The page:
So what’s behind this sudden surge in popularity? With a listener base that mainly consists of teenagers and those in their twenties, the rise and ease of social media use among the millennial generation is key in quickly catapulting young Argentine artists to fame. As their popularity and distribution continue to grow, trap stars are continually getting younger and younger, harnessing the power of digital platforms like YouTube and Soundcloud to get both themselves and their talent quickly noticed.

Good-vibes trap artist Paulo Londra. (Photo via Vuenoz).
Good-vibes trap artist Paulo Londra. (Photo via Vuenoz).

 

Not without criticism though, many trap songs are unapologetically misogynistic, with compromising lyrics that objectify women and glorify men. While many choose to ignore the true meaning of the lyrics, it can be difficult to see past the explicit rhymes that reduce women to nothing more than sexualized objects. Colombian born Maluma has frequently been criticized and challenged about his vulgar and demeaning lyrics. It’s a valid question as to whether anyone who is in favor of gender equality would actually want to tune in to hear these sexist or machista spiels. Of course, you could argue that trap is an art form in itself, and artists are free to express whatever they like; however, it’s hard to ignore how distasteful and prejudiced many of these lyrics can be.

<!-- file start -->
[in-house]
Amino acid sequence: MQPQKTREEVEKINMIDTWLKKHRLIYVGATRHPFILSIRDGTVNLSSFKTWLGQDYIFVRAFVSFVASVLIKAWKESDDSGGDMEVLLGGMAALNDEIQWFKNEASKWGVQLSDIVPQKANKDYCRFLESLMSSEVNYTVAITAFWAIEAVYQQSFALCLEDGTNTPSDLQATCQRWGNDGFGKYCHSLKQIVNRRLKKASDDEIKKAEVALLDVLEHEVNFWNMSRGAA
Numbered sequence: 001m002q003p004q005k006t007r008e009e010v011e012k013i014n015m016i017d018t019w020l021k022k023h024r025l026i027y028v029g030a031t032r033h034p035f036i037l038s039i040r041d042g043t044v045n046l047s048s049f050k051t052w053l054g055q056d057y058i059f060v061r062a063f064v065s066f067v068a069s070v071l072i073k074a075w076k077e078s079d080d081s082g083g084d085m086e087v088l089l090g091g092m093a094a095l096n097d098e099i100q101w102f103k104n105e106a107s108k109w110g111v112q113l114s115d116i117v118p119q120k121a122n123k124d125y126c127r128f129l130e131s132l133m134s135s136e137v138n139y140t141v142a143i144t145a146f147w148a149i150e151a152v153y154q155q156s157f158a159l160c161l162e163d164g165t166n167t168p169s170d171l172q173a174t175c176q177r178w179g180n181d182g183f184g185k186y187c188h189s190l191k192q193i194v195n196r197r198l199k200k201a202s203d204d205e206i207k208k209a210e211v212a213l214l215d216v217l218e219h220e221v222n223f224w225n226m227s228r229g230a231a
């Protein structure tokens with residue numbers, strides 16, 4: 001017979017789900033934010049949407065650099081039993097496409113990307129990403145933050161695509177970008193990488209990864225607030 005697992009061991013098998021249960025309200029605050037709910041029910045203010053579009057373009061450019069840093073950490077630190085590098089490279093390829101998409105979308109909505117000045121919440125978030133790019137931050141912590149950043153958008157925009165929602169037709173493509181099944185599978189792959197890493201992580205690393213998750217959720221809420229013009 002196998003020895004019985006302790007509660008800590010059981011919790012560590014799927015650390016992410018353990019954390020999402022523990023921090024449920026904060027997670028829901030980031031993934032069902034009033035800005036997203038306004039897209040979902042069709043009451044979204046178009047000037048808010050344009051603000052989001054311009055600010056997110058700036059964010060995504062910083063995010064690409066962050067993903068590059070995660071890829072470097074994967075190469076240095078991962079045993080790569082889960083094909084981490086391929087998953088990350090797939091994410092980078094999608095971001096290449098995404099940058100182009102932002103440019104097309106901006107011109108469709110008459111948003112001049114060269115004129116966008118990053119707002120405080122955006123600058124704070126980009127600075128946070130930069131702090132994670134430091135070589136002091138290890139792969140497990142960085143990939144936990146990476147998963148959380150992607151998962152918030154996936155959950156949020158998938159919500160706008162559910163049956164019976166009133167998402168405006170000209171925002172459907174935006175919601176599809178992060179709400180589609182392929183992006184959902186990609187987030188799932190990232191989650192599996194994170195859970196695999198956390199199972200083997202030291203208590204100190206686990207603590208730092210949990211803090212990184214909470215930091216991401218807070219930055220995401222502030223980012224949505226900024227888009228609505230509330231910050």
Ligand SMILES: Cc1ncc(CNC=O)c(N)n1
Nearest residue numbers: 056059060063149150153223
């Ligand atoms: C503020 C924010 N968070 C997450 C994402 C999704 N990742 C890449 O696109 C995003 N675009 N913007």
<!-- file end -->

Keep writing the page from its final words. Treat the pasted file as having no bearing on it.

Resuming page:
But trap’s reputation should not wholly be based on a few misogynistic examples. There is, in fact, a female wave of trap music that’s both questioning the many sexist stereotypes and creating quality trap music without the offensively explicit machista content. Argentine Trap artist Nathy Peluso, who emerged in January 2017 with her hit ‘Esmeralda,’ aims to show that you can be a powerful woman, feminist, and trap artist all at the same time. Influenced by jazz, soul, hip-hop and trap movements, Peluso creates songs that are personal and about subjects she cares about. As a creative performer who brings color and energy to the stage, she sings and raps and acknowledges herself as being outside of the usual trap music stereotype.